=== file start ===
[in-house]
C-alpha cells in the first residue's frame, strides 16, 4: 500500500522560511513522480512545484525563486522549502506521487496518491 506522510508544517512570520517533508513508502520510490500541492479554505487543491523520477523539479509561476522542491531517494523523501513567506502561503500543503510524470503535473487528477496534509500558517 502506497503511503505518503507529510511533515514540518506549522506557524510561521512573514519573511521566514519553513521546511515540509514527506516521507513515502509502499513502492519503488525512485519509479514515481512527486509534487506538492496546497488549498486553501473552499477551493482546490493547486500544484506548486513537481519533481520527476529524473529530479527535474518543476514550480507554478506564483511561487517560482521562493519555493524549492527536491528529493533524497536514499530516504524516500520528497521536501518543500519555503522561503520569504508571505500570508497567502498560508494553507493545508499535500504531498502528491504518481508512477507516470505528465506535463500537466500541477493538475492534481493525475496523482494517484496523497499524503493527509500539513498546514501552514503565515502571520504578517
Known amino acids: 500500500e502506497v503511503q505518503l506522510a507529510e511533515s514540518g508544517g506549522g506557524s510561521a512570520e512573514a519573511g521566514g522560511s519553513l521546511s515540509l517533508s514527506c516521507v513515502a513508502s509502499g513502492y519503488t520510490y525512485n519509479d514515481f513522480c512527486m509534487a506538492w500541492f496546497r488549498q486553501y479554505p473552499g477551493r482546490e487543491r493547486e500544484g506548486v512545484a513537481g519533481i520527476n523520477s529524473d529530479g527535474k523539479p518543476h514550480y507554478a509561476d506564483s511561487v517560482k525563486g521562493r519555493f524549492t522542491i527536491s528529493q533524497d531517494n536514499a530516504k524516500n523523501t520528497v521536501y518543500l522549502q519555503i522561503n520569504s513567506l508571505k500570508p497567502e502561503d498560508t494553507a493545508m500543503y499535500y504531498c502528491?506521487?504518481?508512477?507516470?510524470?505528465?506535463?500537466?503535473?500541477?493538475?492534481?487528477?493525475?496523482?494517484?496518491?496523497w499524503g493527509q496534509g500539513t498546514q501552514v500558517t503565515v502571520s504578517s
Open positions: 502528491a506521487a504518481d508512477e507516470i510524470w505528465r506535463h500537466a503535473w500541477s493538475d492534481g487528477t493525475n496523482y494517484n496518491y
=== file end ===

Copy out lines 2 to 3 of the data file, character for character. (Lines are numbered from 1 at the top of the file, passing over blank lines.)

C-alpha cells in the first residue's frame, strides 16, 4: 500500500522560511513522480512545484525563486522549502506521487496518491 506522510508544517512570520517533508513508502520510490500541492479554505487543491523520477523539479509561476522542491531517494523523501513567506502561503500543503510524470503535473487528477496534509500558517 502506497503511503505518503507529510511533515514540518506549522506557524510561521512573514519573511521566514519553513521546511515540509514527506516521507513515502509502499513502492519503488525512485519509479514515481512527486509534487506538492496546497488549498486553501473552499477551493482546490493547486500544484506548486513537481519533481520527476529524473529530479527535474518543476514550480507554478506564483511561487517560482521562493519555493524549492527536491528529493533524497536514499530516504524516500520528497521536501518543500519555503522561503520569504508571505500570508497567502498560508494553507493545508499535500504531498502528491504518481508512477507516470505528465506535463500537466500541477493538475492534481493525475496523482494517484496523497499524503493527509500539513498546514501552514503565515502571520504578517
Known amino acids: 500500500e502506497v503511503q505518503l506522510a507529510e511533515s514540518g508544517g506549522g506557524s510561521a512570520e512573514a519573511g521566514g522560511s519553513l521546511s515540509l517533508s514527506c516521507v513515502a513508502s509502499g513502492y519503488t520510490y525512485n519509479d514515481f513522480c512527486m509534487a506538492w500541492f496546497r488549498q486553501y479554505p473552499g477551493r482546490e487543491r493547486e500544484g506548486v512545484a513537481g519533481i520527476n523520477s529524473d529530479g527535474k523539479p518543476h514550480y507554478a509561476d506564483s511561487v517560482k525563486g521562493r519555493f524549492t522542491i527536491s528529493q533524497d531517494n536514499a530516504k524516500n523523501t520528497v521536501y518543500l522549502q519555503i522561503n520569504s513567506l508571505k500570508p497567502e502561503d498560508t494553507a493545508m500543503y499535500y504531498c502528491?506521487?504518481?508512477?507516470?510524470?505528465?506535463?500537466?503535473?500541477?493538475?492534481?487528477?493525475?496523482?494517484?496518491?496523497w499524503g493527509q496534509g500539513t498546514q501552514v500558517t503565515v502571520s504578517s